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Industry or Class Cleavages over Trade Policy? Evidence from the BritishGeneral Election of 1923

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  • Douglas A. Irwin

Abstract

Economists and political scientists have frequently attempted to determine whether trade policy-related political action takes place along factor-lines (such as capital versus labor, as implied by the Stolper-Samuelson theorem) or along industry-lines (as implied by models with imperfect factor mobility). This paper examines voting patterns in the British general election of 1923, an election that hinged on free trade versus protection. The election provides an opportunity to distinguish between the two hypotheses because either an industry or a factor alignment among voters is plausible: rigidities in the interwar labor market have often been discussed, and electoral politics has often been viewed as having a class basis. This paper exploits data from the British census of 1921, which divides the population into categories of occupation (by industry) and categories of economic class (by income and/or skill level), and relates these data to cross-country variation in voting for the contending political parties. The results indicate that county differences in the occupational structure of the electorate account for the election outcome better than differences in class structure.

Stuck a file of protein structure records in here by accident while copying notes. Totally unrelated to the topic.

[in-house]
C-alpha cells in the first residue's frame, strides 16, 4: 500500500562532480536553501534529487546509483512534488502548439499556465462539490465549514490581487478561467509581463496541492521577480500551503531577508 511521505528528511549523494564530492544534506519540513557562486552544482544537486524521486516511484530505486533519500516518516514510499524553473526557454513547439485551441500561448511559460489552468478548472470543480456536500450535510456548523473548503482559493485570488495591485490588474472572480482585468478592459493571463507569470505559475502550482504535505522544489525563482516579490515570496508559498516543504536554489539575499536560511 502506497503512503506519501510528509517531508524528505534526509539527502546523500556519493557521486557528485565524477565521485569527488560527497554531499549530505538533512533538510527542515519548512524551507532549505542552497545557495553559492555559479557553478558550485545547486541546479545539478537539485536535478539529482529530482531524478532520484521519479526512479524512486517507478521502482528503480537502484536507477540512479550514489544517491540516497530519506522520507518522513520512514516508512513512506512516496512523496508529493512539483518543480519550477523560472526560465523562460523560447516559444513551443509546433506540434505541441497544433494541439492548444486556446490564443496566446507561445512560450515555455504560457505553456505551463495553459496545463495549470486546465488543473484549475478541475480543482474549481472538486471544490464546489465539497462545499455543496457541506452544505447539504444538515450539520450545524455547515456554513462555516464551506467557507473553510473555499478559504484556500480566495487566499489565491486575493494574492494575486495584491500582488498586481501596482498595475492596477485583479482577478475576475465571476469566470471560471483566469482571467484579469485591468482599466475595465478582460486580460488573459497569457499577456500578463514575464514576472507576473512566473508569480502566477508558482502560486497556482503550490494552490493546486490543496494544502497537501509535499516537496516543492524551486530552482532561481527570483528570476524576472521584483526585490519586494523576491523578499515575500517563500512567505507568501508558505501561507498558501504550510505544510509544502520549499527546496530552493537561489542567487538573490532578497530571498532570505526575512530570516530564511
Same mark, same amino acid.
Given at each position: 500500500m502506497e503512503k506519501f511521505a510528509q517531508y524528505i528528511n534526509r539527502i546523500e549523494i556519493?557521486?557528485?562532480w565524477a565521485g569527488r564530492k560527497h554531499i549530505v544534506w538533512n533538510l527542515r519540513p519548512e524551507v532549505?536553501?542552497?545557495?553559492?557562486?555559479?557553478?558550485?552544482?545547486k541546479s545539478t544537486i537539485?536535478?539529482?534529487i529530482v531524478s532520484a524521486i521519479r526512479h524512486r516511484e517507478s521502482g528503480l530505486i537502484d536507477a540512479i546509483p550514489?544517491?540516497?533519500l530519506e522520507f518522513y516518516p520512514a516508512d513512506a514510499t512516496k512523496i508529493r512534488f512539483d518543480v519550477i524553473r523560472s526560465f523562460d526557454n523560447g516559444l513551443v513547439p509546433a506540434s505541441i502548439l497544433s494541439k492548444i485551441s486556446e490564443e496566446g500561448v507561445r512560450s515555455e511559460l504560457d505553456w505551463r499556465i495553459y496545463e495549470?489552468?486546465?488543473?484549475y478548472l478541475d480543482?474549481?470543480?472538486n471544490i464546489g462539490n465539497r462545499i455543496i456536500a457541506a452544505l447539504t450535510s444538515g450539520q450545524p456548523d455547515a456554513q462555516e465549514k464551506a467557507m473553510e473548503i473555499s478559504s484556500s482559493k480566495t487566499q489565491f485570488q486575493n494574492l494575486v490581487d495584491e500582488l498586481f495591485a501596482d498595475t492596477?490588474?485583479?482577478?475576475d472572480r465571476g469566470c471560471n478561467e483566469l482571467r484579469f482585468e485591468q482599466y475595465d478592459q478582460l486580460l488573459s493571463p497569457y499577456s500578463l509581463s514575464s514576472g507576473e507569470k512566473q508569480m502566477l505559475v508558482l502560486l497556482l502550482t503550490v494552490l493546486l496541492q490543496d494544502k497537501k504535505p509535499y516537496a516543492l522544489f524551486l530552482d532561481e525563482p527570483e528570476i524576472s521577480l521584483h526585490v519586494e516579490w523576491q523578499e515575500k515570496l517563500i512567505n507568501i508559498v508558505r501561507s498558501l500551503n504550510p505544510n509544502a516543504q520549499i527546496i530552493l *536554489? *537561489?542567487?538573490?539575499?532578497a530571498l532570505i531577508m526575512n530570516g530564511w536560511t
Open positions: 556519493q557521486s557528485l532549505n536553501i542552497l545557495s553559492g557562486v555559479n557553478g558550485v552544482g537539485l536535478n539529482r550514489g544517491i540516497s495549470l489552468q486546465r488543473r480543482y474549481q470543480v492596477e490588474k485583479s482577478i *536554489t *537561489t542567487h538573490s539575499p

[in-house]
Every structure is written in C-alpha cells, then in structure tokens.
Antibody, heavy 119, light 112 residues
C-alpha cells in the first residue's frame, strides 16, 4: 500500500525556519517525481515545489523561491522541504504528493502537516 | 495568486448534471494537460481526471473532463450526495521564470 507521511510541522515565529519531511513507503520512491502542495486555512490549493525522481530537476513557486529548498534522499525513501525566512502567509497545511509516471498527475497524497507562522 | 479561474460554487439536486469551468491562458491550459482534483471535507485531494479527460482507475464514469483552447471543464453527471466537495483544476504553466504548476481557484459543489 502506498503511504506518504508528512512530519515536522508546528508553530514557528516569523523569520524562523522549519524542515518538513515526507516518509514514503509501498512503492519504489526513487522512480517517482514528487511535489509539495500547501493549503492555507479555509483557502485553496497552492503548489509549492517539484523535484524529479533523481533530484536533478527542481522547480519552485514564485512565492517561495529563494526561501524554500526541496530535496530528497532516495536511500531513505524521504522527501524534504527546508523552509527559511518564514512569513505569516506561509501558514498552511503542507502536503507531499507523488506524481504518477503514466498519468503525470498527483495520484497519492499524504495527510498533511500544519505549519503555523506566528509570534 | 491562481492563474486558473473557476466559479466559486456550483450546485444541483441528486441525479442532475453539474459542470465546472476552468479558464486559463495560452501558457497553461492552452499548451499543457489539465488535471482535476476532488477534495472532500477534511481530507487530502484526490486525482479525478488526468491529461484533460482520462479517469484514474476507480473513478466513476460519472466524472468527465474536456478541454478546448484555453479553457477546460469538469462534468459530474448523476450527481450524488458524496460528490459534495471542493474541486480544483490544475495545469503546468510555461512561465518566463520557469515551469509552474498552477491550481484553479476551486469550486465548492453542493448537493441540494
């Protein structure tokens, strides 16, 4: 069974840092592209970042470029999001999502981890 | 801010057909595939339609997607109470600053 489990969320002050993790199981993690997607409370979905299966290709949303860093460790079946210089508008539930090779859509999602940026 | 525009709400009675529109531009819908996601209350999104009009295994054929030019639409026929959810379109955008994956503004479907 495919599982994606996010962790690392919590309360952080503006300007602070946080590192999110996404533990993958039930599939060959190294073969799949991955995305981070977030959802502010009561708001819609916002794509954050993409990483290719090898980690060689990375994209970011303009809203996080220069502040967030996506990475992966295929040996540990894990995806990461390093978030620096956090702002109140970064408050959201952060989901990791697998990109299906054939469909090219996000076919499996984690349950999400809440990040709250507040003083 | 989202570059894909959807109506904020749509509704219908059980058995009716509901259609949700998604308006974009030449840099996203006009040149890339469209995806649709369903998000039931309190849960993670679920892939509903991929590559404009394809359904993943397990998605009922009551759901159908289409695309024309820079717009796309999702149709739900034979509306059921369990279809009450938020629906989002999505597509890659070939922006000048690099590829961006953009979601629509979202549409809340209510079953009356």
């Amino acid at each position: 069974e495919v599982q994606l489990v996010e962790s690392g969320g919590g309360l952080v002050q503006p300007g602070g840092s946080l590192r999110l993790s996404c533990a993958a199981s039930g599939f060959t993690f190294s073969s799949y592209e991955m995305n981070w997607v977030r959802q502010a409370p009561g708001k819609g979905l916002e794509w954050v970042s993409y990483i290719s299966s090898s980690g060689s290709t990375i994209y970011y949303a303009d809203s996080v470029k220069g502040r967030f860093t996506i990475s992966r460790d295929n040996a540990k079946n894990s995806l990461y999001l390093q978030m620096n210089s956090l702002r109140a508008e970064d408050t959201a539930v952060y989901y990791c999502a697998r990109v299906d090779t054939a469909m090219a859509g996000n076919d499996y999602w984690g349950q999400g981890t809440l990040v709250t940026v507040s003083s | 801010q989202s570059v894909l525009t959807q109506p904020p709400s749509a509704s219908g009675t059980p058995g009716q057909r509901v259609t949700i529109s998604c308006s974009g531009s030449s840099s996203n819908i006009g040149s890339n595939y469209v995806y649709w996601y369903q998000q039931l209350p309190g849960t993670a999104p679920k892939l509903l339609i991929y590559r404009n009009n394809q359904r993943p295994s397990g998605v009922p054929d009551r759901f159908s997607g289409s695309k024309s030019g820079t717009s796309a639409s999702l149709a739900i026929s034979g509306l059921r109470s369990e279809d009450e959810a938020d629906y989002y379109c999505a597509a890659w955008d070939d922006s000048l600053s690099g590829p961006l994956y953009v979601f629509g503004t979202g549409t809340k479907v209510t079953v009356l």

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Bibliographic Info

Paper provided by National Bureau of Economic Research, Inc in its series NBER Working Papers with number 5170.

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Date of creation: Jul 1995
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Handle: RePEc:nbr:nberwo:5170

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Cited by:
  1. Mayda, Anna Maria & Rodrik, Dani, 2001. "Why are Some People (and Countries) More Protectionist than Others?," CEPR Discussion Papers 2960, C.E.P.R. Discussion Papers.
  2. Bruce Blonigen, 2008. "New Evidence on the Formation of Trade Policy Preferences," NBER Working Papers 14627, National Bureau of Economic Research, Inc.
  3. Miaojie Yu, 2005. "Impact of U.S. Tariffs on Democratic Vote Share," International Trade 0511001, EconWPA.

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